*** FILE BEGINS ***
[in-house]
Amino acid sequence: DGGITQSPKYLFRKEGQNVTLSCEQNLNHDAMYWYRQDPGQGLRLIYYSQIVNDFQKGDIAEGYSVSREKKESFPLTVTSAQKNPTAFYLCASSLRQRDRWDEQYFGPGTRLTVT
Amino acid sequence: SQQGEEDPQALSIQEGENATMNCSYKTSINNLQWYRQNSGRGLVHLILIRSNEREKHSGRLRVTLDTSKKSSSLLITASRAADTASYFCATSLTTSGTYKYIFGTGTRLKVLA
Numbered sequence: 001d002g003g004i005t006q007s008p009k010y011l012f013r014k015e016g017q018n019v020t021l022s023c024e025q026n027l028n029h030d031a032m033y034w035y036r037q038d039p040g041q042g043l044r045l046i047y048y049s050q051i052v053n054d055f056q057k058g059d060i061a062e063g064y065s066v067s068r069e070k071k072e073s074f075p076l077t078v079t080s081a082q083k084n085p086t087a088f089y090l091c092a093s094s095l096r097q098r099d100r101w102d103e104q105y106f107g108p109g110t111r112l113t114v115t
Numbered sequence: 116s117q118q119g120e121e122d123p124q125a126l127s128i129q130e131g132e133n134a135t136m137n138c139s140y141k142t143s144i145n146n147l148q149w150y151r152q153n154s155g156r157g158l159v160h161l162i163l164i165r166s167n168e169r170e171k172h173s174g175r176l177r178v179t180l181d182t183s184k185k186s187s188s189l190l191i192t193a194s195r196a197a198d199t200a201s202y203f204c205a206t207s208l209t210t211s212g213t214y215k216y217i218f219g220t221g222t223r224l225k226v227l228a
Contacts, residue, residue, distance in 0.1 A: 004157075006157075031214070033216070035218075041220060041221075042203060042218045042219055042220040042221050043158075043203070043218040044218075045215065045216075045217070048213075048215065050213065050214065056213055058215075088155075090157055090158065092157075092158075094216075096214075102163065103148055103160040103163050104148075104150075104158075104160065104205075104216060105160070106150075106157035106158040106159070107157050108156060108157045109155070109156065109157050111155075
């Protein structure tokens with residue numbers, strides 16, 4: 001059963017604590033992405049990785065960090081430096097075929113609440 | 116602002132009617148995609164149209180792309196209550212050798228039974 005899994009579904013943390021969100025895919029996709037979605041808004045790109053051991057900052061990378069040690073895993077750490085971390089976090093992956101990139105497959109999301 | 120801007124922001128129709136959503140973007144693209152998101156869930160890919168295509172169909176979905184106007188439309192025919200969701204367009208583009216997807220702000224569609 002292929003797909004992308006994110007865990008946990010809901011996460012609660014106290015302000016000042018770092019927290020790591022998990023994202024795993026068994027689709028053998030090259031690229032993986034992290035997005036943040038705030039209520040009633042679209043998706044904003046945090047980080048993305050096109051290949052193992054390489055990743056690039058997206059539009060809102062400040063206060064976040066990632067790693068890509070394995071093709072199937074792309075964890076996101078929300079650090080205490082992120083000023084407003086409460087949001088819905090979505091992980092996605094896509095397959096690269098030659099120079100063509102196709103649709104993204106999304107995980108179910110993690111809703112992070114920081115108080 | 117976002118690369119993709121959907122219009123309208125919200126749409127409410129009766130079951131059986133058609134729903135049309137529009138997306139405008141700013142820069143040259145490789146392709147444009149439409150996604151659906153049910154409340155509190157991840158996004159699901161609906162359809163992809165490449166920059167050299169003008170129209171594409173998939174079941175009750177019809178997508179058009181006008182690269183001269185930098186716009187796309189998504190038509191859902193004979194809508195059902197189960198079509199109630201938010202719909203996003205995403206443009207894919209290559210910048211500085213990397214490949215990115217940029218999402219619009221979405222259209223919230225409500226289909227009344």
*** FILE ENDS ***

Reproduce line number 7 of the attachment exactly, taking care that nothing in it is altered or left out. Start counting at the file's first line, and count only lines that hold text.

């Protein structure tokens with residue numbers, strides 16, 4: 001059963017604590033992405049990785065960090081430096097075929113609440 | 116602002132009617148995609164149209180792309196209550212050798228039974 005899994009579904013943390021969100025895919029996709037979605041808004045790109053051991057900052061990378069040690073895993077750490085971390089976090093992956101990139105497959109999301 | 120801007124922001128129709136959503140973007144693209152998101156869930160890919168295509172169909176979905184106007188439309192025919200969701204367009208583009216997807220702000224569609 002292929003797909004992308006994110007865990008946990010809901011996460012609660014106290015302000016000042018770092019927290020790591022998990023994202024795993026068994027689709028053998030090259031690229032993986034992290035997005036943040038705030039209520040009633042679209043998706044904003046945090047980080048993305050096109051290949052193992054390489055990743056690039058997206059539009060809102062400040063206060064976040066990632067790693068890509070394995071093709072199937074792309075964890076996101078929300079650090080205490082992120083000023084407003086409460087949001088819905090979505091992980092996605094896509095397959096690269098030659099120079100063509102196709103649709104993204106999304107995980108179910110993690111809703112992070114920081115108080 | 117976002118690369119993709121959907122219009123309208125919200126749409127409410129009766130079951131059986133058609134729903135049309137529009138997306139405008141700013142820069143040259145490789146392709147444009149439409150996604151659906153049910154409340155509190157991840158996004159699901161609906162359809163992809165490449166920059167050299169003008170129209171594409173998939174079941175009750177019809178997508179058009181006008182690269183001269185930098186716009187796309189998504190038509191859902193004979194809508195059902197189960198079509199109630201938010202719909203996003205995403206443009207894919209290559210910048211500085213990397214490949215990115217940029218999402219619009221979405222259209223919230225409500226289909227009344």